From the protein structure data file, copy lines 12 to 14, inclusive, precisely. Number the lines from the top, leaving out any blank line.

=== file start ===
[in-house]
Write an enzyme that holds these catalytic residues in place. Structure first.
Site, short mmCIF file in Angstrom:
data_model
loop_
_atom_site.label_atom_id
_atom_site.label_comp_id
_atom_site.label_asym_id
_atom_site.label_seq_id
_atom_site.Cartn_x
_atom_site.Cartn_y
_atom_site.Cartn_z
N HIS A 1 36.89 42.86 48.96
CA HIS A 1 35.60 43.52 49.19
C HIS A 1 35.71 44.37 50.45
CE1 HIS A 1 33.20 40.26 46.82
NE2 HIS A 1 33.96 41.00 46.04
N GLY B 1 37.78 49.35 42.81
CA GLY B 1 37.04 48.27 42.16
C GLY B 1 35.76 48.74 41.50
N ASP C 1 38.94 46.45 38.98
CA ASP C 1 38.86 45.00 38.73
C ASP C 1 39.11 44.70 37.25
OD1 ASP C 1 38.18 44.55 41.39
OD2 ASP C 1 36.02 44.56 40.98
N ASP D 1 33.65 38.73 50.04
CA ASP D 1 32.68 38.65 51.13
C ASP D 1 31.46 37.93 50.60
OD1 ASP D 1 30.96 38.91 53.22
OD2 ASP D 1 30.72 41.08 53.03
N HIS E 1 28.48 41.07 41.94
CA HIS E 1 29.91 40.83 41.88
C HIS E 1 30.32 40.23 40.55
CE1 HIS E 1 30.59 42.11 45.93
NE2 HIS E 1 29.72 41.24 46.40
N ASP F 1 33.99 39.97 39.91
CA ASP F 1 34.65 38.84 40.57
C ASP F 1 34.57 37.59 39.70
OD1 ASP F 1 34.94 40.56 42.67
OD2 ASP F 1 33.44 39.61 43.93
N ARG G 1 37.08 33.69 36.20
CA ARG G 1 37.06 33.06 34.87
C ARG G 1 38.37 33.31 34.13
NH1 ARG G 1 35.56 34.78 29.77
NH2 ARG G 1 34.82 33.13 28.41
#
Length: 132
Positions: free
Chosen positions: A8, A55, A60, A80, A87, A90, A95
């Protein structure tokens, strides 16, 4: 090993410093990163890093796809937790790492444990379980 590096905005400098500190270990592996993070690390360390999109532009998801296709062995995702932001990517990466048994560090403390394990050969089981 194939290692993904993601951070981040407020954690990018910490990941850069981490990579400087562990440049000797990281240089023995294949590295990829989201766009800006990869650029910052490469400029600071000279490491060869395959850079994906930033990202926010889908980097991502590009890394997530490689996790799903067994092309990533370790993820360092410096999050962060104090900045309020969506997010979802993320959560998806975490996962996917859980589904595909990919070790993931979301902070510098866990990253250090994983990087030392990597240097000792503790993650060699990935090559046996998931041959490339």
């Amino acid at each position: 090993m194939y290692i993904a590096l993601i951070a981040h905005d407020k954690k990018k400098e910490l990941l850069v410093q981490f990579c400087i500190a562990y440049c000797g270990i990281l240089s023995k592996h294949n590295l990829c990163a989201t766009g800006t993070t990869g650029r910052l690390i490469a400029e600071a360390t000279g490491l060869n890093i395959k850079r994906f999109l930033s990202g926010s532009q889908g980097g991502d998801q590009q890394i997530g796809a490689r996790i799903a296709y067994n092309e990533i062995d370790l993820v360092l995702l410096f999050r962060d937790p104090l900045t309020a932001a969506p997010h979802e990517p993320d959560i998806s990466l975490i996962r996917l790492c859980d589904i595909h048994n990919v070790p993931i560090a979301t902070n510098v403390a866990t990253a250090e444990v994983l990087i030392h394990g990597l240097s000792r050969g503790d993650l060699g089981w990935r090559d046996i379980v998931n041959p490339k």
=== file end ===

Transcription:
_atom_site.Cartn_z
N HIS A 1 36.89 42.86 48.96
CA HIS A 1 35.60 43.52 49.19